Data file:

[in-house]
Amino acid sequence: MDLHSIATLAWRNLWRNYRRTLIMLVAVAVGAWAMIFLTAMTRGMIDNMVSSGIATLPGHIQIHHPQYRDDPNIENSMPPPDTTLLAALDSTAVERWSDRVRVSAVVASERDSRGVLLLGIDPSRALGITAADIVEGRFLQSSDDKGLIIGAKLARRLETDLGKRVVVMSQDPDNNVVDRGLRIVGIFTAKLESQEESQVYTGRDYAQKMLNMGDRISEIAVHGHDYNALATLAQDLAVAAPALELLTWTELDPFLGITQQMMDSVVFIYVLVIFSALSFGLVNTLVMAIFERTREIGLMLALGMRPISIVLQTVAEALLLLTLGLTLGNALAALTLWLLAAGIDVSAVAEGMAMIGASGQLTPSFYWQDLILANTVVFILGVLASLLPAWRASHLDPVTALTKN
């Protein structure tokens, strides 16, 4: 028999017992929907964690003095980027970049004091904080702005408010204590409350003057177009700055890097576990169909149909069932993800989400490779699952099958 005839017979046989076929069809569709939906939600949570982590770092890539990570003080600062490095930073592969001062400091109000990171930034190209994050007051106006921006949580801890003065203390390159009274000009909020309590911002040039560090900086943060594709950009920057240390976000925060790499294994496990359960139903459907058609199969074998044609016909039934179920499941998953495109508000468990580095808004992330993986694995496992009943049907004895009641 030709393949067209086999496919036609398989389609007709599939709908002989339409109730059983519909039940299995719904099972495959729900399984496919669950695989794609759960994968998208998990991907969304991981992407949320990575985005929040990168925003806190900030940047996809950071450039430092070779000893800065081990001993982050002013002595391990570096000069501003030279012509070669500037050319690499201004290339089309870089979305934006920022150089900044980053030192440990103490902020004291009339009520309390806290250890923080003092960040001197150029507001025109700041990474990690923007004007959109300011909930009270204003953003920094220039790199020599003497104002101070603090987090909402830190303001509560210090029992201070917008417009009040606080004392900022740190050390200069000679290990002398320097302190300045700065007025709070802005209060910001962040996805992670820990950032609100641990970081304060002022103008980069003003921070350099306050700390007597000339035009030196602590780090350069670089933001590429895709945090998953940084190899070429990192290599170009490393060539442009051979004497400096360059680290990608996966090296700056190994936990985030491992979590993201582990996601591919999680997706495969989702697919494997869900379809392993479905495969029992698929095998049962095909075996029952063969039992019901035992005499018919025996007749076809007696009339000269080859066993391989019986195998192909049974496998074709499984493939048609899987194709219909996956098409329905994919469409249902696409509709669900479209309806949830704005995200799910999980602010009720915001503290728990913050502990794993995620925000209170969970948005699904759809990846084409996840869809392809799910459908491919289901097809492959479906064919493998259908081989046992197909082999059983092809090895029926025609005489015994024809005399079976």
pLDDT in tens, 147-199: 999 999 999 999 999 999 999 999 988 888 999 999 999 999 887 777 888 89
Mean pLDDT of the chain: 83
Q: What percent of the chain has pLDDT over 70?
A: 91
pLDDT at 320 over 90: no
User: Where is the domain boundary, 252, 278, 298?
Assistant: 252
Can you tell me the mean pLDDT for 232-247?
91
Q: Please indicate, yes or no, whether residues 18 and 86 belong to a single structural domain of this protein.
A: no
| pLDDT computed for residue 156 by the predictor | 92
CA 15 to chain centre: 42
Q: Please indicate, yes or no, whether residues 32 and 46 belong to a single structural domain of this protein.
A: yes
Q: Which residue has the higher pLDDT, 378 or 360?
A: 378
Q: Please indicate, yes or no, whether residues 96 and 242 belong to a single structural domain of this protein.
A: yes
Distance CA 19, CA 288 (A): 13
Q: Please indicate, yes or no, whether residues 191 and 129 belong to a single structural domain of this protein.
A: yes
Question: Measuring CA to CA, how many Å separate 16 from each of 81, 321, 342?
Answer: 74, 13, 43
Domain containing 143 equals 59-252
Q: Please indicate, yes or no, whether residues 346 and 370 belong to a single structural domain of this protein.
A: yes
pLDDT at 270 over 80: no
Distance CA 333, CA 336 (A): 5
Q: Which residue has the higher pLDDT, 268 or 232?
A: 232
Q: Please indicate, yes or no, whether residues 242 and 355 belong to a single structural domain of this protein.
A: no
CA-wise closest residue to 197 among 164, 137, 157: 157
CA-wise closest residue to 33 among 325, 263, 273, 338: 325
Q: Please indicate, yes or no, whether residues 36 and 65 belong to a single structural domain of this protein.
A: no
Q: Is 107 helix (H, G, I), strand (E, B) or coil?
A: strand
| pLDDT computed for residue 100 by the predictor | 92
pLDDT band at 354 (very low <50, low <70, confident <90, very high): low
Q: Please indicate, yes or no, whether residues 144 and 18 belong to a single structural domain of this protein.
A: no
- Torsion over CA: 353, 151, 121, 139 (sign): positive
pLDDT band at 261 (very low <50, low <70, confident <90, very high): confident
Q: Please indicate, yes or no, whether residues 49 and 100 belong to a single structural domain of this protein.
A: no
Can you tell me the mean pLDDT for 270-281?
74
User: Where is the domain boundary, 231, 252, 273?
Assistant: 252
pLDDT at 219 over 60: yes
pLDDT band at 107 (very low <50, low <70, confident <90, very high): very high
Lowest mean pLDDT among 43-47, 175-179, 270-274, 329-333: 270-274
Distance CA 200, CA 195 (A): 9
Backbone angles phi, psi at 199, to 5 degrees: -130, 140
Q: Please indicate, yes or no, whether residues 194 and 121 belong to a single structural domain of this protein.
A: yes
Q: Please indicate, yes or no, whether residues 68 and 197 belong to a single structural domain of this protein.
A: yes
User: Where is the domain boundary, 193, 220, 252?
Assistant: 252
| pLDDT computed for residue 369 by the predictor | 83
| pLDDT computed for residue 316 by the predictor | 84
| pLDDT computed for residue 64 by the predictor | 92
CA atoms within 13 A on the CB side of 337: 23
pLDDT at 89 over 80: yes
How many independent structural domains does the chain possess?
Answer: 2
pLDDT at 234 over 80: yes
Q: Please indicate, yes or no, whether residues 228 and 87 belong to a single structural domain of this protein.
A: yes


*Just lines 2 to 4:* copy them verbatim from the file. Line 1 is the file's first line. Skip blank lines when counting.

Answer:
Amino acid sequence: MDLHSIATLAWRNLWRNYRRTLIMLVAVAVGAWAMIFLTAMTRGMIDNMVSSGIATLPGHIQIHHPQYRDDPNIENSMPPPDTTLLAALDSTAVERWSDRVRVSAVVASERDSRGVLLLGIDPSRALGITAADIVEGRFLQSSDDKGLIIGAKLARRLETDLGKRVVVMSQDPDNNVVDRGLRIVGIFTAKLESQEESQVYTGRDYAQKMLNMGDRISEIAVHGHDYNALATLAQDLAVAAPALELLTWTELDPFLGITQQMMDSVVFIYVLVIFSALSFGLVNTLVMAIFERTREIGLMLALGMRPISIVLQTVAEALLLLTLGLTLGNALAALTLWLLAAGIDVSAVAEGMAMIGASGQLTPSFYWQDLILANTVVFILGVLASLLPAWRASHLDPVTALTKN
């Protein structure tokens, strides 16, 4: 028999017992929907964690003095980027970049004091904080702005408010204590409350003057177009700055890097576990169909149909069932993800989400490779699952099958 005839017979046989076929069809569709939906939600949570982590770092890539990570003080600062490095930073592969001062400091109000990171930034190209994050007051106006921006949580801890003065203390390159009274000009909020309590911002040039560090900086943060594709950009920057240390976000925060790499294994496990359960139903459907058609199969074998044609016909039934179920499941998953495109508000468990580095808004992330993986694995496992009943049907004895009641 030709393949067209086999496919036609398989389609007709599939709908002989339409109730059983519909039940299995719904099972495959729900399984496919669950695989794609759960994968998208998990991907969304991981992407949320990575985005929040990168925003806190900030940047996809950071450039430092070779000893800065081990001993982050002013002595391990570096000069501003030279012509070669500037050319690499201004290339089309870089979305934006920022150089900044980053030192440990103490902020004291009339009520309390806290250890923080003092960040001197150029507001025109700041990474990690923007004007959109300011909930009270204003953003920094220039790199020599003497104002101070603090987090909402830190303001509560210090029992201070917008417009009040606080004392900022740190050390200069000679290990002398320097302190300045700065007025709070802005209060910001962040996805992670820990950032609100641990970081304060002022103008980069003003921070350099306050700390007597000339035009030196602590780090350069670089933001590429895709945090998953940084190899070429990192290599170009490393060539442009051979004497400096360059680290990608996966090296700056190994936990985030491992979590993201582990996601591919999680997706495969989702697919494997869900379809392993479905495969029992698929095998049962095909075996029952063969039992019901035992005499018919025996007749076809007696009339000269080859066993391989019986195998192909049974496998074709499984493939048609899987194709219909996956098409329905994919469409249902696409509709669900479209309806949830704005995200799910999980602010009720915001503290728990913050502990794993995620925000209170969970948005699904759809990846084409996840869809392809799910459908491919289901097809492959479906064919493998259908081989046992197909082999059983092809090895029926025609005489015994024809005399079976």
pLDDT in tens, 147-199: 999 999 999 999 999 999 999 999 988 888 999 999 999 999 887 777 888 89